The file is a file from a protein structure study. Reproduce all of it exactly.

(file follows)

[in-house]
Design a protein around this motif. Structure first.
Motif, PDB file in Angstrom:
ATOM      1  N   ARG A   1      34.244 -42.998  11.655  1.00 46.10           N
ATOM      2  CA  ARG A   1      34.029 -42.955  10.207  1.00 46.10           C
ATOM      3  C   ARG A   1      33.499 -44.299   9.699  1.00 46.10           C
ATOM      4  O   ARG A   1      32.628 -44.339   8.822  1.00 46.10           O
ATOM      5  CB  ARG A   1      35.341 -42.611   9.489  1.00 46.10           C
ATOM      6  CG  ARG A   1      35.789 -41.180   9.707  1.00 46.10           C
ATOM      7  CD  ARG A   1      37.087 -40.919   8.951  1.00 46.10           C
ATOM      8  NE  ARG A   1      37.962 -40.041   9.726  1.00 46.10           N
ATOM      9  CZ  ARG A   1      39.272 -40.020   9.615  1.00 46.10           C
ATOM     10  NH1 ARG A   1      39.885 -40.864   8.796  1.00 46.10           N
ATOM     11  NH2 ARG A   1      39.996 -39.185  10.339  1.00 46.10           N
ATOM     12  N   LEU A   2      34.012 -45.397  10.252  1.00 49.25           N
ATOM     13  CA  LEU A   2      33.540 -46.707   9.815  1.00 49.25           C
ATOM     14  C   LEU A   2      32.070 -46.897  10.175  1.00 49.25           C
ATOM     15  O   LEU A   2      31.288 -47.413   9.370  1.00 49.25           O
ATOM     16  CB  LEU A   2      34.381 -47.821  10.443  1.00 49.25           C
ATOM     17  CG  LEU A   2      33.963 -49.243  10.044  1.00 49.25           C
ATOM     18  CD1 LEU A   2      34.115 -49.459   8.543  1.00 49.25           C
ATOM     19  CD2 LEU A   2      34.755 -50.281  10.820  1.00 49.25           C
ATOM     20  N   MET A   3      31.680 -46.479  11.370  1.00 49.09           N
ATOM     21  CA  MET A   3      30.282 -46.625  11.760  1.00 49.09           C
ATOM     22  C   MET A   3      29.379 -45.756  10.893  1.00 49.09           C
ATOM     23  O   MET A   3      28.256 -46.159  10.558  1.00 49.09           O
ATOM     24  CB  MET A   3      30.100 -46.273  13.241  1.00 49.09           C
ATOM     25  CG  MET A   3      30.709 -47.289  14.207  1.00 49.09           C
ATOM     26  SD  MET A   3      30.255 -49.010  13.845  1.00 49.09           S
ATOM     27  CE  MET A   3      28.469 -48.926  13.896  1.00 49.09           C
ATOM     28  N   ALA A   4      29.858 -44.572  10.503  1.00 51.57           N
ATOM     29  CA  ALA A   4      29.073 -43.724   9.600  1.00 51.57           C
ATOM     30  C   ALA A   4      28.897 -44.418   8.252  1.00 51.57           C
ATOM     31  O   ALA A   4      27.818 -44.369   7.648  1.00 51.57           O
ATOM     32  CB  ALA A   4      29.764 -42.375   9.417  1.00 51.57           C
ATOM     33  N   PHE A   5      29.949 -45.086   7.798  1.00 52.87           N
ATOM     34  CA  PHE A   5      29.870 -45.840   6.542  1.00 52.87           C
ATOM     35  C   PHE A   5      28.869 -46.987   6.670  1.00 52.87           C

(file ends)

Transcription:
[in-house]
Design a protein around this motif. Structure first.
Motif, PDB file in Angstrom:
ATOM      1  N   ARG A   1      34.244 -42.998  11.655  1.00 46.10           N
ATOM      2  CA  ARG A   1      34.029 -42.955  10.207  1.00 46.10           C
ATOM      3  C   ARG A   1      33.499 -44.299   9.699  1.00 46.10           C
ATOM      4  O   ARG A   1      32.628 -44.339   8.822  1.00 46.10           O
ATOM      5  CB  ARG A   1      35.341 -42.611   9.489  1.00 46.10           C
ATOM      6  CG  ARG A   1      35.789 -41.180   9.707  1.00 46.10           C
ATOM      7  CD  ARG A   1      37.087 -40.919   8.951  1.00 46.10           C
ATOM      8  NE  ARG A   1      37.962 -40.041   9.726  1.00 46.10           N
ATOM      9  CZ  ARG A   1      39.272 -40.020   9.615  1.00 46.10           C
ATOM     10  NH1 ARG A   1      39.885 -40.864   8.796  1.00 46.10           N
ATOM     11  NH2 ARG A   1      39.996 -39.185  10.339  1.00 46.10           N
ATOM     12  N   LEU A   2      34.012 -45.397  10.252  1.00 49.25           N
ATOM     13  CA  LEU A   2      33.540 -46.707   9.815  1.00 49.25           C
ATOM     14  C   LEU A   2      32.070 -46.897  10.175  1.00 49.25           C
ATOM     15  O   LEU A   2      31.288 -47.413   9.370  1.00 49.25           O
ATOM     16  CB  LEU A   2      34.381 -47.821  10.443  1.00 49.25           C
ATOM     17  CG  LEU A   2      33.963 -49.243  10.044  1.00 49.25           C
ATOM     18  CD1 LEU A   2      34.115 -49.459   8.543  1.00 49.25           C
ATOM     19  CD2 LEU A   2      34.755 -50.281  10.820  1.00 49.25           C
ATOM     20  N   MET A   3      31.680 -46.479  11.370  1.00 49.09           N
ATOM     21  CA  MET A   3      30.282 -46.625  11.760  1.00 49.09           C
ATOM     22  C   MET A   3      29.379 -45.756  10.893  1.00 49.09           C
ATOM     23  O   MET A   3      28.256 -46.159  10.558  1.00 49.09           O
ATOM     24  CB  MET A   3      30.100 -46.273  13.241  1.00 49.09           C
ATOM     25  CG  MET A   3      30.709 -47.289  14.207  1.00 49.09           C
ATOM     26  SD  MET A   3      30.255 -49.010  13.845  1.00 49.09           S
ATOM     27  CE  MET A   3      28.469 -48.926  13.896  1.00 49.09           C
ATOM     28  N   ALA A   4      29.858 -44.572  10.503  1.00 51.57           N
ATOM     29  CA  ALA A   4      29.073 -43.724   9.600  1.00 51.57           C
ATOM     30  C   ALA A   4      28.897 -44.418   8.252  1.00 51.57           C
ATOM     31  O   ALA A   4      27.818 -44.369   7.648  1.00 51.57           O
ATOM     32  CB  ALA A   4      29.764 -42.375   9.417  1.00 51.57           C
ATOM     33  N   PHE A   5      29.949 -45.086   7.798  1.00 52.87           N
ATOM     34  CA  PHE A   5      29.870 -45.840   6.542  1.00 52.87           C
ATOM     35  C   PHE A   5      28.869 -46.987   6.670  1.00 52.87           C